This year marks the 10th anniversary of the Business and Professional Women’s Club 16 Days of Activism against Gender Abuse Campaign which runs to 10 December.
16 Days of Activism against Gender Abuse is an international campaign that began in 1991 to raise the awareness of all forms of violence against women.
This year’s theme, Strength through Caring and Sharing, reflects the BPW Club’s hope that victims and survivors of abuse will gain strength through knowing the community does care and are willing to share their burden.
‘The community will learn that through caring and sharing they can not only give strength to the victims and survivors of abuse but to the community itself,’ said 16 Days Committee Chair Angela Doyle.
The kick-off was marked on Saturday, the International Day Against Violence Against Women with the Clothesline Project.
The Clothesline Project is an international project that began in 1990, when members of the Cape Cod Women’s Agenda in Massachusetts hung a clothesline across the village green in Hyannis, with 31 shirts designed by survivors of assault, rape and incest.
Women viewing the clothesline came forward to create shirts of their own, and the line just kept growing.
Since that first display, The Clothesline Project has grown to more than 300 Clothesline Projects in the US and internationally, with an estimated 35,000 shirts.
Running for the fourth year, the Clothesline Project allows both male and female survivors of any form of violence; anyone who has experienced or witnessed violence at home as a child; or their supporters to publicly express their feelings about violence by designing a T-shirt.
WRC Programme Officer Lisa Hurlstone explained: ‘The Clothesline Project helps participants to air their feelings about past wrongs done to them, and it allows observers to recognise abuse in ways and forms that they may not have previously seen – perhaps even in their own lives.’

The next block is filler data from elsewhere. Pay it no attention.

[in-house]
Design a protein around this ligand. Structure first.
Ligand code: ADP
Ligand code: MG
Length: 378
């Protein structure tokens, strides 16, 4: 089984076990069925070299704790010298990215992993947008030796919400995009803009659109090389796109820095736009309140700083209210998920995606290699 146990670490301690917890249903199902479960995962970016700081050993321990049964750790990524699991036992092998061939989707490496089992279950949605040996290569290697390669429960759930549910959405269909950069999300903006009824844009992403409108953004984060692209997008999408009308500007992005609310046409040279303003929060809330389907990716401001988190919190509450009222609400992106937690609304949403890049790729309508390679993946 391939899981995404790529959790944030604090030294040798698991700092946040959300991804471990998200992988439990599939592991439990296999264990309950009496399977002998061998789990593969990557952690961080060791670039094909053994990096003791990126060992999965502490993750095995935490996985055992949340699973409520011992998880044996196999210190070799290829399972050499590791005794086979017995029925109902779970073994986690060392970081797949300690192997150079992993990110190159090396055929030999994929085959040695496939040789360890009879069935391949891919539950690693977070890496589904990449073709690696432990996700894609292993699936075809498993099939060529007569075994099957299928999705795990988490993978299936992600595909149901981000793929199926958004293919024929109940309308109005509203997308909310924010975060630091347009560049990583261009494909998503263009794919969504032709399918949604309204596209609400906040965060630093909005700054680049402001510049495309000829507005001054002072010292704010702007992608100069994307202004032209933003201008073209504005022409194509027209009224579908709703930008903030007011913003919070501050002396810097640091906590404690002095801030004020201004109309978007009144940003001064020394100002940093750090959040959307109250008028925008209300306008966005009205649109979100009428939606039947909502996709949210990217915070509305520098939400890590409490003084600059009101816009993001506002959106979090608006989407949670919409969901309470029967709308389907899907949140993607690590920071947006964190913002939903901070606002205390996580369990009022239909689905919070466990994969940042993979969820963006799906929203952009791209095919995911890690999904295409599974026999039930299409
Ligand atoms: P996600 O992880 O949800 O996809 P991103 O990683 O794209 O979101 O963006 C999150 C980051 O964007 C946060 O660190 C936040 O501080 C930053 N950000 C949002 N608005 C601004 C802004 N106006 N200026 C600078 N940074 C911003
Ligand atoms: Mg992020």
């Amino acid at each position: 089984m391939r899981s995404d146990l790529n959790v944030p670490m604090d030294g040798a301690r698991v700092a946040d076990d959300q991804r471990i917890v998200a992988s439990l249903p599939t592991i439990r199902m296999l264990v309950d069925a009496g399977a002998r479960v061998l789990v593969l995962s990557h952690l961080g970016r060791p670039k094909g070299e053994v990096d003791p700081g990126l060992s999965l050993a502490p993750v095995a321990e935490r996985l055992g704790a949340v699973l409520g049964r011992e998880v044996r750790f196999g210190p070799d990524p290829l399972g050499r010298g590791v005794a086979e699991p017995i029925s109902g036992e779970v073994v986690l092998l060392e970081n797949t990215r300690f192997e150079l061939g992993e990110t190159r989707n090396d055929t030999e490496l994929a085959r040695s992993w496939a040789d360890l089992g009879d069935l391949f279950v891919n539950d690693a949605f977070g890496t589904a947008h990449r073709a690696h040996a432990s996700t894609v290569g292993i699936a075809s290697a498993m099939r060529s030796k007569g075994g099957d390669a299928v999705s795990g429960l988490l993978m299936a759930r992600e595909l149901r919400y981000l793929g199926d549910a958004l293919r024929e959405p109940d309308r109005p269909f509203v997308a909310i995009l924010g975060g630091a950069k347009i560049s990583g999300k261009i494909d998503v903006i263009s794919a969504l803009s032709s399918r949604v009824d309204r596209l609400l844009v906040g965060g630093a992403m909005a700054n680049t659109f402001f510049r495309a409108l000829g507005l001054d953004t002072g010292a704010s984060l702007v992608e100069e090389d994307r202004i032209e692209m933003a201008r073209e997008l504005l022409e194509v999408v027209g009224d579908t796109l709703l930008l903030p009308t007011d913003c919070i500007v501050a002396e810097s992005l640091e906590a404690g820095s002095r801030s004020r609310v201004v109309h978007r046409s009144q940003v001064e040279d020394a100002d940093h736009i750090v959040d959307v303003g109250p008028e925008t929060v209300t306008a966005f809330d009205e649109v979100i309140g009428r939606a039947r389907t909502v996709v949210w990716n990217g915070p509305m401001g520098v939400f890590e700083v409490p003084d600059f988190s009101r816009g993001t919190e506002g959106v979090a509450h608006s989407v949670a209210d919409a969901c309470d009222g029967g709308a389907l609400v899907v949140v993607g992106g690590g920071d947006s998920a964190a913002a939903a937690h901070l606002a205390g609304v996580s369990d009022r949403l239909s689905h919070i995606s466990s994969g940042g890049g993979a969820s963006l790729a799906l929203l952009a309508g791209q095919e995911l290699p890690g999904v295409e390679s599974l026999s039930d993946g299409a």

The Clothesline Project is also supported by the National Gallery and its art outreach programmes, which cater to high-risk young persons and incarcerated individuals. WRC staff will visit the individuals in the outreach programmes to encourage them to design T-shirts, in order to let their voices be heard.
Organizers say the Clothesline Project is a way to help people face the brutal reality of personal violence against women, children and men in the community, and to start to heal the damage.
The project brings together survivors of all forms of violence or supporters of victims/survivors to design T-shirts as a testament to their experience. These deeply personal expressions are then hung on a clothesline for public display, to air the issue of violence in homes and communities, WRC officials explain.
For many survivors, making shirts and finally seeing their stories hang in unison with the stories of others allows them to own their pain and express their anger.
T-shirts are colour-coded for different types of violence. However, the codes are not mandatory, should participants wish to use other colours that are significant to them.
White represents a memorial for victims of murder; yellow, the artist survived physical battery or abuse; red, the artist survived rape or sexual assault; green, the artist survived incest or child sexual abuse; and purple, the artist witnessed or experienced family abuse as a child.
The whole Clothesline Project collection will be displayed around the Government Administration Building during the 27 November to 10 December period.